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Tuesday, June 18, 2024

Korea an important partner, Germany’s new ambassador says

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Student and teacher representatives of high schools in Seoul pose with German Ambassador-designate to Korea Georg Schmidt, third from right in second row; and Kim Hyo-joon, chairman of the Alumninetzwerk Deutschland-Korea (Adeko), fifth from right in second row, after a youth exchange agreement was signed between German and Korean associations and Adeko in Seoul on Monday. [PARK SANG-MOON]
Student and teacher representatives of high schools in Seoul pose with German Ambassador-designate to Korea Georg Schmidt, third from right in second row; and Kim Hyo-joon, chairman of the Alumninetzwerk Deutschland-Korea (Adeko), fifth from right in second row, after a youth exchange agreement was signed between German and Korean associations and Adeko in Seoul on Monday. [PARK SANG-MOON]

As geopolitical tensions grow, Germany sees Korea as an increasingly important partner in the Indo-Pacific region, Germany’s incoming ambassador to Korea said at an event hosted in Seoul on Monday,

“Korea is a very important partner in the Indo-Pacific, as we are currently experiencing deepening antagonism between the two superpowers, China and the United States,” said Georg Schmidt, the German ambassador-designate to Korea, speaking at an event to celebrate 140 years of Korea-Germany relations.

“As both Germany and Korea have close economic ties with China and continue to cooperate closely with the United States, we are in a place where we have to think through what positions to take,” he said. “It is therefore the more important that we continue to deepen our partnership, an example of which is taking place today.”

Schmidt was addressing a group of corporate executives and educational experts with ties to Germany gathered for an MOU-signing ceremony to boost youth exchanges between Korea and Germany.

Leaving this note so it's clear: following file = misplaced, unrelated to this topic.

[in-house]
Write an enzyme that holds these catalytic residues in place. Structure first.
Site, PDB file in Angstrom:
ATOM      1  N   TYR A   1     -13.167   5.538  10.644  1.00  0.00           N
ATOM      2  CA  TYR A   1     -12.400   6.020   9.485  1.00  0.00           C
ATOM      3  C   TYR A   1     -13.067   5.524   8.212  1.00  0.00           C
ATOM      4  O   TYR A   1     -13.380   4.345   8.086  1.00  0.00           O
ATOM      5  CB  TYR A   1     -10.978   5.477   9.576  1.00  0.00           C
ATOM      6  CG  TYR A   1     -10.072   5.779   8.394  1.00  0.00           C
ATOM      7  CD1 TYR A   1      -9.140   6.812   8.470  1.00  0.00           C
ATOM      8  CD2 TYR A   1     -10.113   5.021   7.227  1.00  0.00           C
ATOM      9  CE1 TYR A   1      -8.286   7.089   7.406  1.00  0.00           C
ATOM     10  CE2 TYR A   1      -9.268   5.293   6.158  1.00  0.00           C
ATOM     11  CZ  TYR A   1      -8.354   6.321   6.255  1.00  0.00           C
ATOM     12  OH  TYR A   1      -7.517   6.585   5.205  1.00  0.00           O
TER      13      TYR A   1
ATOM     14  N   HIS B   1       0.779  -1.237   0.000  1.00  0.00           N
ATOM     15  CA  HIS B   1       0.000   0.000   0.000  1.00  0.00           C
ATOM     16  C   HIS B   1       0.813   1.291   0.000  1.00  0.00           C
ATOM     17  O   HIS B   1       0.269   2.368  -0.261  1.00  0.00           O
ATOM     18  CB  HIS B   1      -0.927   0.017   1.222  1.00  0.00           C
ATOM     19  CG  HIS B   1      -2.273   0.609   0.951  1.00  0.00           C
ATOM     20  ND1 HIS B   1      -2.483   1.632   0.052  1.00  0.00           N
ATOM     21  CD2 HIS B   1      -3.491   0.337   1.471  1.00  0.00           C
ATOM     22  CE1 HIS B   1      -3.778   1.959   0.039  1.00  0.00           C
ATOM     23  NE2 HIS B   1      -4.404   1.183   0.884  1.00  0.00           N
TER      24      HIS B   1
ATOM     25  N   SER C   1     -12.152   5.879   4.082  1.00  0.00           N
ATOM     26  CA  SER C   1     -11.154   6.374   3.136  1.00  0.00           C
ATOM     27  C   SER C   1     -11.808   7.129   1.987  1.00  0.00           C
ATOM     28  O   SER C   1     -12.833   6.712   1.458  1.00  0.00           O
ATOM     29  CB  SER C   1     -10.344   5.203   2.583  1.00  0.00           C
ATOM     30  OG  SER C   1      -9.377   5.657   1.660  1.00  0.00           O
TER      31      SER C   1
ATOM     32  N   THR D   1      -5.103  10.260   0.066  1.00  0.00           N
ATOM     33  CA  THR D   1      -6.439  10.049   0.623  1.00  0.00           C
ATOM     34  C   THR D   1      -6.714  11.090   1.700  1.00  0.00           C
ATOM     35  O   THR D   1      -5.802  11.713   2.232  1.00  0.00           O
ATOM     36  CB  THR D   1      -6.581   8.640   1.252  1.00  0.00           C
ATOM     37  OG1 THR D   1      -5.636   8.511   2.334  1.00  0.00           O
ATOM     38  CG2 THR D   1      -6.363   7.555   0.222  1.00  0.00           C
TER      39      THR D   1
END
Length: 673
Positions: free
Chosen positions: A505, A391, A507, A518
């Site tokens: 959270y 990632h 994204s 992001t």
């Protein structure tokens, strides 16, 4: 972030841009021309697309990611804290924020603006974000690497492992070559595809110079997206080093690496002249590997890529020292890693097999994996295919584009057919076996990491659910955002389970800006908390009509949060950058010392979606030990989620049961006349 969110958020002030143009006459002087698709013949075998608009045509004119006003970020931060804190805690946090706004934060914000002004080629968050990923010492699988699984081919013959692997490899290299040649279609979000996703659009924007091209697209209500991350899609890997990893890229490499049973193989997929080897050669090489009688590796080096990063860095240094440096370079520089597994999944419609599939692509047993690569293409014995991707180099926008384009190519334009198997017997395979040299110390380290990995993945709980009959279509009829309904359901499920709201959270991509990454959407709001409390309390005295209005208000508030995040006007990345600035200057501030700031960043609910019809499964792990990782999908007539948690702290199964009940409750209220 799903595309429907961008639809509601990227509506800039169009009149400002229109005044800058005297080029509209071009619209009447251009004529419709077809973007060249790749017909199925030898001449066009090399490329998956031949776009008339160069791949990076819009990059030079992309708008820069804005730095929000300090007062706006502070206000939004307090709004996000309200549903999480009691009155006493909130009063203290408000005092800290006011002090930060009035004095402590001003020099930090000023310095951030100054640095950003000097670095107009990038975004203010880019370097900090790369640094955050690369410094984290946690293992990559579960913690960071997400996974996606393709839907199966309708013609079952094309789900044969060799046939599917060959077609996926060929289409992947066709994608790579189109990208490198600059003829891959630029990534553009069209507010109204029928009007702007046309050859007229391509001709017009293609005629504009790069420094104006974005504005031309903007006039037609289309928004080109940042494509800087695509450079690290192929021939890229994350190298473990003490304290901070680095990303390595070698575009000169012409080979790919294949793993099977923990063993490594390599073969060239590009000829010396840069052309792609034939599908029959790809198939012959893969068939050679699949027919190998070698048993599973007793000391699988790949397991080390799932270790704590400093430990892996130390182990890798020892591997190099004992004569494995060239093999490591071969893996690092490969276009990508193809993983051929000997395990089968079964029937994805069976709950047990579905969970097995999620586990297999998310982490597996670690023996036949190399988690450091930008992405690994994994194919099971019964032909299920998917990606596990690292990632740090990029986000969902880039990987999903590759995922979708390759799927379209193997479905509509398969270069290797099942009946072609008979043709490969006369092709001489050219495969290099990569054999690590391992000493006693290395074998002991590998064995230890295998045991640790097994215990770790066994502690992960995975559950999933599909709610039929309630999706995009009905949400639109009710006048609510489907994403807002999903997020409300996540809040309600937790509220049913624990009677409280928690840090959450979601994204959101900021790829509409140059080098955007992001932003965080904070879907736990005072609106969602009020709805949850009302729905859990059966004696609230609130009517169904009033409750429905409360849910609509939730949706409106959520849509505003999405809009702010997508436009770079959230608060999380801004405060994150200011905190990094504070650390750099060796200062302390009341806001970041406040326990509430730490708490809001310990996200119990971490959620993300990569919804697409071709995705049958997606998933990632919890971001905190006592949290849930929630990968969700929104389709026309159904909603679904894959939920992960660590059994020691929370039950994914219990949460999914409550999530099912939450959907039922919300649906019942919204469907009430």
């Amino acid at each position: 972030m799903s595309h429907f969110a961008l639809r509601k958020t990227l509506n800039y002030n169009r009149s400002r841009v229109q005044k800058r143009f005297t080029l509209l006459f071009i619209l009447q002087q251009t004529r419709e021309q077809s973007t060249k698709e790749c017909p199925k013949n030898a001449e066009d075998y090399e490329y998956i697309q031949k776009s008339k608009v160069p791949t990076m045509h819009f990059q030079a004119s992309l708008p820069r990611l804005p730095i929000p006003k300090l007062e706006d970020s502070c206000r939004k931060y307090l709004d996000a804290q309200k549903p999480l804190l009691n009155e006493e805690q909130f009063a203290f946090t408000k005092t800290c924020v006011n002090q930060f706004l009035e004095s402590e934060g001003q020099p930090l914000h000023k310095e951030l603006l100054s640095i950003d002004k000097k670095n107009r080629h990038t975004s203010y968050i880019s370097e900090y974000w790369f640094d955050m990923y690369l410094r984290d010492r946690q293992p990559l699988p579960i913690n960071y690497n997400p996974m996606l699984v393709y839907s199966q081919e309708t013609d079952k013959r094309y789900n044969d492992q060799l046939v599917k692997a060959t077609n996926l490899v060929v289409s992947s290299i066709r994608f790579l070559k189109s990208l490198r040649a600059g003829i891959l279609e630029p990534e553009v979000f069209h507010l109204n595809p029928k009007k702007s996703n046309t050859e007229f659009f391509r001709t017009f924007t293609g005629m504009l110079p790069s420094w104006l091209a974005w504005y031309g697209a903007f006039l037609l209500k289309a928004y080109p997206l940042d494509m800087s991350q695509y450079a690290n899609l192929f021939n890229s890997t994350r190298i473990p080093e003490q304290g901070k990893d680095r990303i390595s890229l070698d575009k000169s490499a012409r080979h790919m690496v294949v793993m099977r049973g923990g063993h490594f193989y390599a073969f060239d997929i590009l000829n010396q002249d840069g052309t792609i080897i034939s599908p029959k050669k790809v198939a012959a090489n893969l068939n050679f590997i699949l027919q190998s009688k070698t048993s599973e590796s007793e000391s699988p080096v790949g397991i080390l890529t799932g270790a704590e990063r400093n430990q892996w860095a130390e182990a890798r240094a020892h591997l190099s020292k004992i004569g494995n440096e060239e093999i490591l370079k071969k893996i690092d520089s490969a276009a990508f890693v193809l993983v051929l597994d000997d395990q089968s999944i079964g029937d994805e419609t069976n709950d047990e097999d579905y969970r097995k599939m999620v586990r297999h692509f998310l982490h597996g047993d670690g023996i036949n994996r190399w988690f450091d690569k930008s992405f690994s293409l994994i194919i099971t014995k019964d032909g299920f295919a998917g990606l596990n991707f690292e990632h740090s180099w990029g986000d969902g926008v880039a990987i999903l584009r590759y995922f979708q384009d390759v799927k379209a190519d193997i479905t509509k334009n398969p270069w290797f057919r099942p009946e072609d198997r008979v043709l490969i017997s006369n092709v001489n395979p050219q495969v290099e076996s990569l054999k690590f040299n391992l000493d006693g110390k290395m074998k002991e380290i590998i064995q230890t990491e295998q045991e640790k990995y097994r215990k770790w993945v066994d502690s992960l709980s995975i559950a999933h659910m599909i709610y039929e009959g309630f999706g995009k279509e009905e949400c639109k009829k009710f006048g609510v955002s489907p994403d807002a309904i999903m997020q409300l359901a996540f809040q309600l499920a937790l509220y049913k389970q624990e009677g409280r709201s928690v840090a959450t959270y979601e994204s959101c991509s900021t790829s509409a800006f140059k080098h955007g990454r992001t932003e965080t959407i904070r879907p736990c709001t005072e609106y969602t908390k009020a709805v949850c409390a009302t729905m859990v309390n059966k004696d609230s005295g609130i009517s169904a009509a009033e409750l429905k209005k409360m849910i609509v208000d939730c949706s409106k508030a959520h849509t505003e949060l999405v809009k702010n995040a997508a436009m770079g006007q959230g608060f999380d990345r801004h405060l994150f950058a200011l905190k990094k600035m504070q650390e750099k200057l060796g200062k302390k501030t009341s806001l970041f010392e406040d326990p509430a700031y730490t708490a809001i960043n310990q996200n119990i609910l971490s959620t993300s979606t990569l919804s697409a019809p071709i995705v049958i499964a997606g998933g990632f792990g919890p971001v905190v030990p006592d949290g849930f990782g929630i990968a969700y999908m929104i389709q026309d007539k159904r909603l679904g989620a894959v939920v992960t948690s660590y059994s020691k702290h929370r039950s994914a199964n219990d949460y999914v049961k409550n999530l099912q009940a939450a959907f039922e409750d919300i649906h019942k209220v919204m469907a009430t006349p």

The event, hosted by Adeko, short for the Alumninetzwerk Deutschland-Korea, an association of corporate executives and scholars in Korea who have studied or worked in Germany, was joined by members of the Korean-German Chamber of Commerce and Industry, the Korea-Germany Association (KDG) and the Germany-Korea Association (DKG).

Adeko, the KDG and DKG agreed to help 30 students from Deoksu High School in Seoul travel to Germany this year for an exchange program. They plan to help at least 200 students, both German and Korean, take part in similar exchange programs in 2024, and another 500 by 2026.

“The exchange of culture and ideas between the next generation of leaders of our countries will prove fruitful for both Korea and Germany,” Kim Hyo-joon, chairman of Adeko, said at the event. “Such exchanges could be the foundation for another level of partnership between Korea and Germany, one that would be able to respond to the competition for technological supremacy between the United States and China.”

According to the Bonn-based academic institute German Academic Exchange Service, Korea was the No. 1 destination for German scholars studying abroad in the Indo-Pacific in 2022, followed by Japan, Australia, India and China.

Within the past two years, the number of German students studying in Korea was twice as high as the number of Korean students studying in Germany, according to the institute. Some 6,400 Koreans are estimated to be studying across German universities, according to the German Embassy in Seoul.

The MOU-signing ceremony marked the start of a three-day forum organized by Adeko, with support from the German Embassy in Seoul and the chamber of commerce, in celebration of 140 years of diplomatic relations between Germany and Korea.

The German Empire and the Joseon Kingdom signed a trade and friendship agreement in 1883. This agreement was updated between the Federal Republic of Germany and Korea when they recognized each other as sovereign states in 1955 and established ambassador-level ties in 1958.

BY ESTHER CHUNG [chung.juhee@joongang.co.kr]